Continental Influence, A Relocated Finish, and a Soggy Spring: Walk the 2024 Badminton Course with Eric Winter

Bubby Upton and Cola at Huntsman’s Close. Photo by Nico Morgan Media.

Badminton week is upon us, and once again, course designer Eric Winter is at the helm of this week’s primary challenge — cross-country day at the world’s most prestigious CCI5*. We joined Eric for a cruise around the course to get a sense of what might unfold on Saturday as we build towards crowning our 2024 MARS Badminton champion.

As usual, we’re swapping directions this year – so we’re back to having the historically influential Huntsman’s complex early on, as it was in 2022 when Laura Collett and London 52 were victorious.

There’s a few more throwbacks to that year in the mix, too: we’ve got the return of the two Vicarage Vee questions, with the introductory Vee, the Rolex Grand Slam Rails, coming at Fence 22/23 and the ‘real deal’ at 24/25. Both are numbered as two fences to take into account the alternative routes, which both involve jumping a ditch and then a rail, rather than the all-in-one direct approach.

We never envy anyone having to jump this iconic rider frightener, but doing it twice? Surely the stuff of nightmares, right? Well, actually, perhaps not: “I really do think that having the first question makes the Vicarage Vee itself easier,” says Eric, “because it really sets them up for it.”

Also back in the mix, and last seen two years ago, is the Broken Bridge at 13 that was newly introduced in 2022 and gave us some of the most circulated images of that event. It’s an incredible looking fence, but in practice, actually a fairly straightforward question – it’s all about establishing a punchy, positive gallop and following it through into a leap of faith into space.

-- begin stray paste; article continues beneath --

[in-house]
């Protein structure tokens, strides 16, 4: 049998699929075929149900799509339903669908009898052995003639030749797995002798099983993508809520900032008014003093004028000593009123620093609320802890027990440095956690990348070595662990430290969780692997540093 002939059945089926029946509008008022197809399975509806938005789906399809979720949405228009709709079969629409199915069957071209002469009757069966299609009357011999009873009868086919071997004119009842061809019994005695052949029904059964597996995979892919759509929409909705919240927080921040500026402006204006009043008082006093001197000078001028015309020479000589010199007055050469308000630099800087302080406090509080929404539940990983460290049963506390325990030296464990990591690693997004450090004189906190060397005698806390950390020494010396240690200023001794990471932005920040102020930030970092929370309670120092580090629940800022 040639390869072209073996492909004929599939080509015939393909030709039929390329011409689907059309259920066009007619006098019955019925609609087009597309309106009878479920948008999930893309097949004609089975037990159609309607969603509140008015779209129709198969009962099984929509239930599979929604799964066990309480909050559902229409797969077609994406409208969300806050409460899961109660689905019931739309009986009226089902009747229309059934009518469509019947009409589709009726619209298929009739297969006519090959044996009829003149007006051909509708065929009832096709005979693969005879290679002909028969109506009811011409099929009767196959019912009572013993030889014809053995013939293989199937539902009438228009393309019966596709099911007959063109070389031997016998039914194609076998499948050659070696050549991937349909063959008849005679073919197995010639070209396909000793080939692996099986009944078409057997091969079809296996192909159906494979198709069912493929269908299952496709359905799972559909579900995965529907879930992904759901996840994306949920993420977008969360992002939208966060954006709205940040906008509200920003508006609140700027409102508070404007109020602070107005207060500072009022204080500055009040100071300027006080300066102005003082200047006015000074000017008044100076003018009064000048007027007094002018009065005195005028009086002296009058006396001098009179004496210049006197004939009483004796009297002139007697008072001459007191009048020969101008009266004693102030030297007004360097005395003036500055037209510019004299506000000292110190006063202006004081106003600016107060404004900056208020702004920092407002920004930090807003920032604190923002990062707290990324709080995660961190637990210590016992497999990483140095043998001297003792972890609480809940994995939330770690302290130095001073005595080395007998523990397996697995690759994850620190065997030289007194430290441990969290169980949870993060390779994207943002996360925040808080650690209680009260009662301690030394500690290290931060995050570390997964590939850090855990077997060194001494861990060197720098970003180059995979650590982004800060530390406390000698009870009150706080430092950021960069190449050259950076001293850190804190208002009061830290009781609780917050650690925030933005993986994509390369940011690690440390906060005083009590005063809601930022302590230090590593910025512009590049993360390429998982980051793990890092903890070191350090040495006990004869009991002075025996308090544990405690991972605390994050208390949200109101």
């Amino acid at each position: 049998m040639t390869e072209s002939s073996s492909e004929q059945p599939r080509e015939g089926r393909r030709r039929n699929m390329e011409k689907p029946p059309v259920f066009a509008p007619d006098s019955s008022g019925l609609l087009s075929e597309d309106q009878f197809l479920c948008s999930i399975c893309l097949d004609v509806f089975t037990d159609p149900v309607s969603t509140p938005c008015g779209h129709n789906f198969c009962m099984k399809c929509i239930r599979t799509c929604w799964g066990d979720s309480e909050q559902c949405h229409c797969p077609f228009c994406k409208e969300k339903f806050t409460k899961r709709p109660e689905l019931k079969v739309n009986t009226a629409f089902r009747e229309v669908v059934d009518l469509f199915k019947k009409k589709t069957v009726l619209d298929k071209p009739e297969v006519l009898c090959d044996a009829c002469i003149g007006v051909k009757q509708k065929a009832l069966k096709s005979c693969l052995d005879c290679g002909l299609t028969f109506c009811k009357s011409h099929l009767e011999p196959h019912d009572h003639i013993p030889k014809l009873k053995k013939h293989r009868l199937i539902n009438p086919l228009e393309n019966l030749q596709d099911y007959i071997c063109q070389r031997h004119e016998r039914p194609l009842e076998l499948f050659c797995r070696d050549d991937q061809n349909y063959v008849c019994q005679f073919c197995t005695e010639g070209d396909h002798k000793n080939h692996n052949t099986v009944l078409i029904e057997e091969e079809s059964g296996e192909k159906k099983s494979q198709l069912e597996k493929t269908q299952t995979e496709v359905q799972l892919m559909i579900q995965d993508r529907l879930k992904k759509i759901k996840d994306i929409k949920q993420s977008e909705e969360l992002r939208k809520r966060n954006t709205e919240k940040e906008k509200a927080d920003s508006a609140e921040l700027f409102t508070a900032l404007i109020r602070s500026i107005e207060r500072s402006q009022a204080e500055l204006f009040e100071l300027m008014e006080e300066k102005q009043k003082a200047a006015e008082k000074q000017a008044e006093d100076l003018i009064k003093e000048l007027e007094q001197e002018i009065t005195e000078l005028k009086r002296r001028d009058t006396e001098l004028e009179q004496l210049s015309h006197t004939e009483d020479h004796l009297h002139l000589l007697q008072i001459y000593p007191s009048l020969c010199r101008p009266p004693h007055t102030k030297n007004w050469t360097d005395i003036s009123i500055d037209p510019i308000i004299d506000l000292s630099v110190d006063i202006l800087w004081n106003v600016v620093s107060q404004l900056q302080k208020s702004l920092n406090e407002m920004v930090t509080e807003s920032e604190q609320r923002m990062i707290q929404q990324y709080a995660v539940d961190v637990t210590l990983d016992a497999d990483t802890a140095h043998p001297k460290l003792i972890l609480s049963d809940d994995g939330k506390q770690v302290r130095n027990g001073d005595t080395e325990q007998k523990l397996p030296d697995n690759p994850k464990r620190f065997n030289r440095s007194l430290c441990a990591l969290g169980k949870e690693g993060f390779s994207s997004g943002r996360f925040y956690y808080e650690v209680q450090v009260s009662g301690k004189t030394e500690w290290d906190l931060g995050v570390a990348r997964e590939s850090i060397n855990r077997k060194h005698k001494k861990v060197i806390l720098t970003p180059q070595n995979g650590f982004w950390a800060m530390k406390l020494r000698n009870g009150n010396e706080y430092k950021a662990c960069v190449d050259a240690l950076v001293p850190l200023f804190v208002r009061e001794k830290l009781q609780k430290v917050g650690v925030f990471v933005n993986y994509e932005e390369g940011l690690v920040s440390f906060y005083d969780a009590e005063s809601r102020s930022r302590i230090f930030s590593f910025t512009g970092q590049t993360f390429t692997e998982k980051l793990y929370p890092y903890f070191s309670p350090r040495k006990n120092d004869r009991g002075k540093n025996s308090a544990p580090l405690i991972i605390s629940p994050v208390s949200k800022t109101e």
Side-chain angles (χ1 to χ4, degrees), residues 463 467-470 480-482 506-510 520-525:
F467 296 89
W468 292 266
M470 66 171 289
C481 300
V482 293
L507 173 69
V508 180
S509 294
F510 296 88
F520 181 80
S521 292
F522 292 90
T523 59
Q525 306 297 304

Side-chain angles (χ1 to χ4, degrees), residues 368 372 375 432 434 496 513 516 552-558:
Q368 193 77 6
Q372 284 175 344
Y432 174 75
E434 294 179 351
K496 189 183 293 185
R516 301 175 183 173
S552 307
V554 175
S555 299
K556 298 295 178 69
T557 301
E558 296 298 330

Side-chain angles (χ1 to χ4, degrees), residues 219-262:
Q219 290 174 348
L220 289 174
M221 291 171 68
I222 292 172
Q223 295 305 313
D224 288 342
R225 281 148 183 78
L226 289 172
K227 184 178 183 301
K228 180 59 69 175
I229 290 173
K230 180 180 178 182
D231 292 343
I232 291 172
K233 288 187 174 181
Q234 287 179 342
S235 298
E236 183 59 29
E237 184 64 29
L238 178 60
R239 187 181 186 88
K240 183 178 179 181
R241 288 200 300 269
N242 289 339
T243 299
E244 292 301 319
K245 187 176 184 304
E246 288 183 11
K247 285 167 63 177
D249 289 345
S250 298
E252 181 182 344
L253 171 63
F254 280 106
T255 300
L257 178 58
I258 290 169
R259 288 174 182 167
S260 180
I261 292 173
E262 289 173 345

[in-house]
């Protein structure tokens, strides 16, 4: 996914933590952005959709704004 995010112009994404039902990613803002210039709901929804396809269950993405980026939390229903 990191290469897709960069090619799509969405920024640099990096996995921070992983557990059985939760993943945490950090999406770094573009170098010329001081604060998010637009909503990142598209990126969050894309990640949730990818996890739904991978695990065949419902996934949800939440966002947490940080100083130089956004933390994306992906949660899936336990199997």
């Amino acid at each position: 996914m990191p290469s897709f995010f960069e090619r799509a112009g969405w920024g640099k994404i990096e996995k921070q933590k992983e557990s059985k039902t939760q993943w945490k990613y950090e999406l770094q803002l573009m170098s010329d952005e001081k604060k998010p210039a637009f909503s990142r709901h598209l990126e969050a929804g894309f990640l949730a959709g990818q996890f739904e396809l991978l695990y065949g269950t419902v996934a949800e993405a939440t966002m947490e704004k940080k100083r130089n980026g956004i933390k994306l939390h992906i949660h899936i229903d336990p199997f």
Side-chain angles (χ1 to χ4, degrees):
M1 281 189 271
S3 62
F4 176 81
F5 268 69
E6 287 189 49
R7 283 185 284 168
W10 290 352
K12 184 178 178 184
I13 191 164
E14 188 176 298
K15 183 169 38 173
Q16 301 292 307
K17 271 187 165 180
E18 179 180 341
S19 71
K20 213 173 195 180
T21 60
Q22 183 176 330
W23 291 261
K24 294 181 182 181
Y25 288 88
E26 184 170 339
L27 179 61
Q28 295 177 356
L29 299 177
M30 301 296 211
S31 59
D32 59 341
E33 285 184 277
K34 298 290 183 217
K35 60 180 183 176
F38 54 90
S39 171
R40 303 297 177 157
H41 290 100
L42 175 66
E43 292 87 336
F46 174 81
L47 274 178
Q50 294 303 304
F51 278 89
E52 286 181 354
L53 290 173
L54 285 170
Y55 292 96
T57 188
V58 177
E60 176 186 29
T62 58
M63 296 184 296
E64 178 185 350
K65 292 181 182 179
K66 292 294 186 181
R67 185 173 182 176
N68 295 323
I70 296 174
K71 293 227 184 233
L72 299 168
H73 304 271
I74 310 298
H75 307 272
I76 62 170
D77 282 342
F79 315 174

Ros Canter and Lordships Graffalo. Photo by Nico Morgan Media.

Though both last season and this season have been marked by their relentless dampness, Eric says that the preparation for each renewal of the event has looked quite different.

“Last year, actually, was funny, because we had a drought in February – it was bone-dry that month,” he says. “It was probably as dry in February as it was at any other point in the year. So for us with the prep, we were way ahead because that month, we were able to get a load of stuff done. Whereas this year, it’s been dribbling on, wet, wet, wet, and so it’s been more difficult.”

That means that some fences, such as fence two, the Haywain, have been held back until a week before the competition, when they were finally put into place ready for the competition.

The other major change this year has been a reconfiguration of the end of the course.

“We’re coming back across the arena and through the side of the collecting ring, not from the bottom, because when it was as wet as it was I thought it wasn’t going to be an attractive sight to pull them up that hill at the end of the course. So we changed that a little bit. It’s always a balance between thinking you don’t want to [take too much out], because you don’t want to dumb the sport down too much and finish up nowhere, but you also need to balance what is acceptable.”

The 2024 course, as seen from overhead.

Walking the Course